I had a quick go at this a couple of days ago, and needless to say, I
got no further than Hazen...
FWIW, the correct way to link against a framework (which is a
structured bundle of library code, headers, documentation amd other
resources like pictures, icons, sounds, etc. ) is simply to add the
IMHO, since Python.framework is a default install on OS X, I think
that Right Thing to do, would be to fix the makefiles such that -
framework Python is added if it is found during the configure checks.
I wrote such a check (.m4 macro) for octave a couple of years ago to
check for the presence of a vectorized BLAS/LAPACK implementation
(called vecLib.framework), we could probably tweak that to do the
same for Python.framework.
This would then be the default for all users, while Fink and other
package managers could override that default using their config files.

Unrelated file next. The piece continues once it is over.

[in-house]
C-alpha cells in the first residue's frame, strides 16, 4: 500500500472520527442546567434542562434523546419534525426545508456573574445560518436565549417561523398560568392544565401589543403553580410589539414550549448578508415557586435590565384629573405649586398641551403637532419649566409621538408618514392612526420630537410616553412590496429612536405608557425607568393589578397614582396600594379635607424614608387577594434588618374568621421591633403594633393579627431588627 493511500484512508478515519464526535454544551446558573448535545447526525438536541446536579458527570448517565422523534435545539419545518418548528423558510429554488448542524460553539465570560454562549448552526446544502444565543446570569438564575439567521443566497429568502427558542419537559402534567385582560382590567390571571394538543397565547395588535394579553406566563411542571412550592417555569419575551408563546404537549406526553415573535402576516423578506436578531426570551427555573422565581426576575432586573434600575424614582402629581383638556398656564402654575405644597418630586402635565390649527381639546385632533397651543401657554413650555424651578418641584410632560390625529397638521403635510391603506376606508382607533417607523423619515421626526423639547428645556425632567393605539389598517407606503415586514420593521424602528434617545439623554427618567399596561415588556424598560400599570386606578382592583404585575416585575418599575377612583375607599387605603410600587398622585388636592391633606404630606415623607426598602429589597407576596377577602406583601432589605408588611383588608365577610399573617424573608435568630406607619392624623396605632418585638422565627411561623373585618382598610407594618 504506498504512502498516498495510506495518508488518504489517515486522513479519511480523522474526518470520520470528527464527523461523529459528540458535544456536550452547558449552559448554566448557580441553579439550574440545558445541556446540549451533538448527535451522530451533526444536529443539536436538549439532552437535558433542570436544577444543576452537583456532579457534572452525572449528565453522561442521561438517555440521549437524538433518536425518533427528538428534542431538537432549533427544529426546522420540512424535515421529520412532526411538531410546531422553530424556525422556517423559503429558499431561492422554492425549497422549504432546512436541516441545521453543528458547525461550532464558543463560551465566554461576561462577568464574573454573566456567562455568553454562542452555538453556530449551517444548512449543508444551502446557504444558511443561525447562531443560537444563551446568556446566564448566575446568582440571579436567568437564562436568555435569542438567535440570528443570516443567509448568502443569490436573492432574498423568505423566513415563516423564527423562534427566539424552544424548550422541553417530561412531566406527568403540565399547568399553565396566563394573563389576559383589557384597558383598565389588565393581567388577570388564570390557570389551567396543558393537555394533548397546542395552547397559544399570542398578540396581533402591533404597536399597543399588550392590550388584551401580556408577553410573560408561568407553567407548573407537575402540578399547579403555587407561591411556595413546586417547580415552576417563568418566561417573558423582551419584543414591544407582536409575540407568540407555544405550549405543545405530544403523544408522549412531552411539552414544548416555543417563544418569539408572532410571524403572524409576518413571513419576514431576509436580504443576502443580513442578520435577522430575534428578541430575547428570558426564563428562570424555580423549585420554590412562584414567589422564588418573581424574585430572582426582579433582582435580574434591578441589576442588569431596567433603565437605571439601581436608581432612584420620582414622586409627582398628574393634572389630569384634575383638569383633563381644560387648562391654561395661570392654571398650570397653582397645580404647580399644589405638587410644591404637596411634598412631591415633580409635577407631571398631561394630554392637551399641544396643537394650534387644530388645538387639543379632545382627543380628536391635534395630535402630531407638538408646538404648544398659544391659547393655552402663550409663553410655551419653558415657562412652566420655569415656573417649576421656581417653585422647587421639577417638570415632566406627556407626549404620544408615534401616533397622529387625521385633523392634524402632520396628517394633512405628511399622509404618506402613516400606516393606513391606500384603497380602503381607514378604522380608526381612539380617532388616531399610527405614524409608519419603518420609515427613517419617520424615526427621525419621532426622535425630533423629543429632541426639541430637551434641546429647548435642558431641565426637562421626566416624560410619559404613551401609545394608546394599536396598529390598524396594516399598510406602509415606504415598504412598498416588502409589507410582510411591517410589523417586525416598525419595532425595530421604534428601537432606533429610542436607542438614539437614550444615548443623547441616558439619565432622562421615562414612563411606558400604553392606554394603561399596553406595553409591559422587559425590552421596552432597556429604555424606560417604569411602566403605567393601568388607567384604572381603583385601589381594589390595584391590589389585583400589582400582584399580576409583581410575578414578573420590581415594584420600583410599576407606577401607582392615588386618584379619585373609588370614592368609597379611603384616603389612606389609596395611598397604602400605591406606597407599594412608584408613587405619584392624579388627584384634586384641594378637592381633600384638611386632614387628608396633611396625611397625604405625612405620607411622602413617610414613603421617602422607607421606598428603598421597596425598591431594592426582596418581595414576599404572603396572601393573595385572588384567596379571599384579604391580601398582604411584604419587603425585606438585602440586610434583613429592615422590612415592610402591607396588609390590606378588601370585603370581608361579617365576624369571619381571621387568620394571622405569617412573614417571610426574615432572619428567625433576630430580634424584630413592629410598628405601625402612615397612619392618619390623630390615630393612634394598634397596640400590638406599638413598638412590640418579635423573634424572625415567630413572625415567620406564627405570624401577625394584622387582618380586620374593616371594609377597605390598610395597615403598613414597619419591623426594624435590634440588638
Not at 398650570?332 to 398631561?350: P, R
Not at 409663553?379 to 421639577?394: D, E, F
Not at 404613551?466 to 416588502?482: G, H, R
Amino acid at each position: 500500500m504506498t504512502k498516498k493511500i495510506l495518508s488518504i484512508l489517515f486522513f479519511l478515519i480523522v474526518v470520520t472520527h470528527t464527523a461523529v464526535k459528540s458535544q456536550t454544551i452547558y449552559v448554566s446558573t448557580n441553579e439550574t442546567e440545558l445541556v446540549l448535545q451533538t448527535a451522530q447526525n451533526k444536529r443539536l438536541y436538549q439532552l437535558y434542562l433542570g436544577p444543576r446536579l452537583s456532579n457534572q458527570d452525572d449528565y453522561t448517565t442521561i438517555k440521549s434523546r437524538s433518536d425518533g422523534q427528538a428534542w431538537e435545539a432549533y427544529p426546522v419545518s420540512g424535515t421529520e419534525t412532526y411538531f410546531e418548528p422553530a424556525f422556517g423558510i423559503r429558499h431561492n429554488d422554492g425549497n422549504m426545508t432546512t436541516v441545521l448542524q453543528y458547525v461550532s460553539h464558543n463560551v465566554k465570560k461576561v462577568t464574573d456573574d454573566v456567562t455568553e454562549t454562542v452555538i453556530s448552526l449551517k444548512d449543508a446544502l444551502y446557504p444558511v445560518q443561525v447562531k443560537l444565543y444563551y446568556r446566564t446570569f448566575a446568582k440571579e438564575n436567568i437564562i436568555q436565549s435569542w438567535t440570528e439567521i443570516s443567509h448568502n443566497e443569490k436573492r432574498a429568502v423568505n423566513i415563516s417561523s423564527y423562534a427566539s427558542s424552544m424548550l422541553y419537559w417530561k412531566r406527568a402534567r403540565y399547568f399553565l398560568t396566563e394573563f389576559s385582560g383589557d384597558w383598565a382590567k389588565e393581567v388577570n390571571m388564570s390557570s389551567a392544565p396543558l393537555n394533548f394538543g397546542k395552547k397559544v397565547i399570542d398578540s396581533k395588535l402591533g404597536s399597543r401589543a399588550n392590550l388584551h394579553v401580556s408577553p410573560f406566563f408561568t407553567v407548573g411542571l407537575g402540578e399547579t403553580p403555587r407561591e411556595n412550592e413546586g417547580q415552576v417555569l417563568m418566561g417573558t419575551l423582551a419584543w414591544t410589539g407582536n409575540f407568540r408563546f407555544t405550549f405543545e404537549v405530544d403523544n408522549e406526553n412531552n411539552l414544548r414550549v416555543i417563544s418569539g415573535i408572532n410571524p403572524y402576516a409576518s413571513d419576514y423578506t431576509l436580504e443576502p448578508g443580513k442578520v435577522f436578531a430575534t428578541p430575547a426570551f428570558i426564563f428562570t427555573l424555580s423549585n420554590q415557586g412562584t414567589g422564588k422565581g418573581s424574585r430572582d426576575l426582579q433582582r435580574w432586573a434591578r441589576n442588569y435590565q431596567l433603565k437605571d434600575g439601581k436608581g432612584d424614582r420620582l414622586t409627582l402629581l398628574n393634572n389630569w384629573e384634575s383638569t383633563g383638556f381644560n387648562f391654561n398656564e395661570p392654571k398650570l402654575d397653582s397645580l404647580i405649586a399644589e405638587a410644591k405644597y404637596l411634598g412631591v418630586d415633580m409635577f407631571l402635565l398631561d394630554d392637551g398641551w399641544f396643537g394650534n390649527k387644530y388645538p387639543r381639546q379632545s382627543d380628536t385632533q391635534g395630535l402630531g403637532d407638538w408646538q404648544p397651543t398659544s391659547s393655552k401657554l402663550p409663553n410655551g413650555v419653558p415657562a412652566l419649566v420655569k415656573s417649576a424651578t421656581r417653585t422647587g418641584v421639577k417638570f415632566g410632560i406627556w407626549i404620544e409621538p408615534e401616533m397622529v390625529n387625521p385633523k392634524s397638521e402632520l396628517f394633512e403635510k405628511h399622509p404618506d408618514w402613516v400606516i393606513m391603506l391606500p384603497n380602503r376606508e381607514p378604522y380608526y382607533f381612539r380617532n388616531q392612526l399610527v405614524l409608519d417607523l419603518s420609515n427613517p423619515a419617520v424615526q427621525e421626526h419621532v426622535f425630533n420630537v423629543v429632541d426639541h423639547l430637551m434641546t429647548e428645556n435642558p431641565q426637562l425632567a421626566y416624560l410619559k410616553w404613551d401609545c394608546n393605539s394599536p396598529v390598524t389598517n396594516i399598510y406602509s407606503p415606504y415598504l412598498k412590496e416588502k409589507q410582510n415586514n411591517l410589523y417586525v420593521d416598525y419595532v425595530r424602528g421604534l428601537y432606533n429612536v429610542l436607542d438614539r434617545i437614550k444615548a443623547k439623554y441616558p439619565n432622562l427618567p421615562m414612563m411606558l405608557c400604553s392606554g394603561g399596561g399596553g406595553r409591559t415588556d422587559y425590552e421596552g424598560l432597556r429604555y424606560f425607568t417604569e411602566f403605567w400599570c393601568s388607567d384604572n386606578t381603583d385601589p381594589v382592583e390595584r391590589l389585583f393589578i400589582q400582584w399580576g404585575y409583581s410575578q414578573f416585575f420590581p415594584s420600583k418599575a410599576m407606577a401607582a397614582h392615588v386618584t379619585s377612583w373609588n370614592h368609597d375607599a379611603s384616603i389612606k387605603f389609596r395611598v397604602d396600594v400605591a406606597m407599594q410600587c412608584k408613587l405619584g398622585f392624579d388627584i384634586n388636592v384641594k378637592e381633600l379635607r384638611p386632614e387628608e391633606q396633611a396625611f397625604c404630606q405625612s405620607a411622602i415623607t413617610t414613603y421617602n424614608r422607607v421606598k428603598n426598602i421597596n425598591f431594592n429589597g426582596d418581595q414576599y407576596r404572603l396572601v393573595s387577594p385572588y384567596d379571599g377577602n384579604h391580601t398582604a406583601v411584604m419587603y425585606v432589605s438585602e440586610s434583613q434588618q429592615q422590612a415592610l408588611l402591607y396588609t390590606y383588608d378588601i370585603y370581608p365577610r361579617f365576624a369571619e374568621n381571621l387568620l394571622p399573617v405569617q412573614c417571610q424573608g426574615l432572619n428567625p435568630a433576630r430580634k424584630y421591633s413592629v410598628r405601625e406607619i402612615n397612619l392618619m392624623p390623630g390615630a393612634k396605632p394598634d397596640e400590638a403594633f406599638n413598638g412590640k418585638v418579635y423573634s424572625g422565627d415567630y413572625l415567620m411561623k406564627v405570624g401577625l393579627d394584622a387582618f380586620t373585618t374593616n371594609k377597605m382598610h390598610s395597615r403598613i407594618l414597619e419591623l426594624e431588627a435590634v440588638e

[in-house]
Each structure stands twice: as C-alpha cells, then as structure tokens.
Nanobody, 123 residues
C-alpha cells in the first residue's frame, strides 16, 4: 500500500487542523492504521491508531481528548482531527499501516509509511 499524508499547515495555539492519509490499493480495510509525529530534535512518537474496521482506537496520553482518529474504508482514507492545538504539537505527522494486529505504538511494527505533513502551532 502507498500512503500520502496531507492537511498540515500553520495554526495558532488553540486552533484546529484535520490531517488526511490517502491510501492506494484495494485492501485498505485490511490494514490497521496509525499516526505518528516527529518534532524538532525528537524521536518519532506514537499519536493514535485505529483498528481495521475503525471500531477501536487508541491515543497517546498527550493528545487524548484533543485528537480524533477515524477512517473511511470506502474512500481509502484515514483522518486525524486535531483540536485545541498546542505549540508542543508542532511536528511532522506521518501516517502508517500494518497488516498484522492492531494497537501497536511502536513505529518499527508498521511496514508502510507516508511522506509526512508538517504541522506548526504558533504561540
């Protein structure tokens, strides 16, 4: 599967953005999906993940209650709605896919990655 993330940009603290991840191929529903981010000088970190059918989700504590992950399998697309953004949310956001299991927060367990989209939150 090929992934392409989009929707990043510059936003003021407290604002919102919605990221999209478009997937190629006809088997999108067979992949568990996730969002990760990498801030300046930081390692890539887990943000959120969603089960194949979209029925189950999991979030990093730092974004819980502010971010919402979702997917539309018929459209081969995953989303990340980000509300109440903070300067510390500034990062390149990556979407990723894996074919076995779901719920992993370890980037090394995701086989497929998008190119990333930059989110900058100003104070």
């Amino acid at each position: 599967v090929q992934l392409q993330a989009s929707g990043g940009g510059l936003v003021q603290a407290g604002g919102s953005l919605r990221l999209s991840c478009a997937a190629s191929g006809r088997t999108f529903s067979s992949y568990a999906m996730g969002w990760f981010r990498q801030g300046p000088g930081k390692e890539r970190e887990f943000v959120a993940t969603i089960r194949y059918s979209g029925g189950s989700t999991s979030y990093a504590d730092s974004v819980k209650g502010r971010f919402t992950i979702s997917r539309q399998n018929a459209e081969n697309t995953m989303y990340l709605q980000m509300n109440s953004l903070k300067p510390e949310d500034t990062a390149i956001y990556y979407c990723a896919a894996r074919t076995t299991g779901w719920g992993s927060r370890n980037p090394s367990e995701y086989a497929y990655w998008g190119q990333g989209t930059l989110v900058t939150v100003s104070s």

Having said that, I failed miserably in adding the correct
incantations to the build files, probably beacuse of my almost
complete ignorance of how libtool works its magic. In the past
libtool wasn't aware of frameworks, but hopefully that has changed by
Anyhow, in case anyone knows how to modify the build files, here is
an example of the check for vecLib:
# BLAS in Apple vecLib framework? (Mac OS X)
if test $acx_blas_ok = no; then
save_LIBS="$LIBS"; LIBS="$vlib_flags $LIBS"
AC_MSG_CHECKING([for $sgemm in $vlib_flags])
AC_TRY_LINK_FUNC($sgemm, [acx_blas_ok=yes; BLAS_LIBS="$vlib_flags"],
Hope this helps,
On Feb 7, 2006, at 03:31, hbabcockos1@... wrote:
> On Monday, January 30, 2006, at 11:04PM, Alan W. Irwin
> <irwin@...> wrote:
>> On 2006-01-30 19:02-0800 hbabcockos1@... wrote:
>> To answer your above question, please give the result of the
>> python -c "import distutils.sysconfig; \
>> print distutils.sysconfig.get_python_inc();"
> I get:
> There seems to be a Python.h file in /System/Library/Frameworks/
>> Are you using the fink version of python? I believe they include the
> No, I don't seem to be using the fink version of Python. I could
> install it (and the appropriate numerical package) if you feel that
> this is the Python that people who are trying to use PLplot would
> probably use. (I use the perl/PDL interface myself, it is also
> quite user-friendly).
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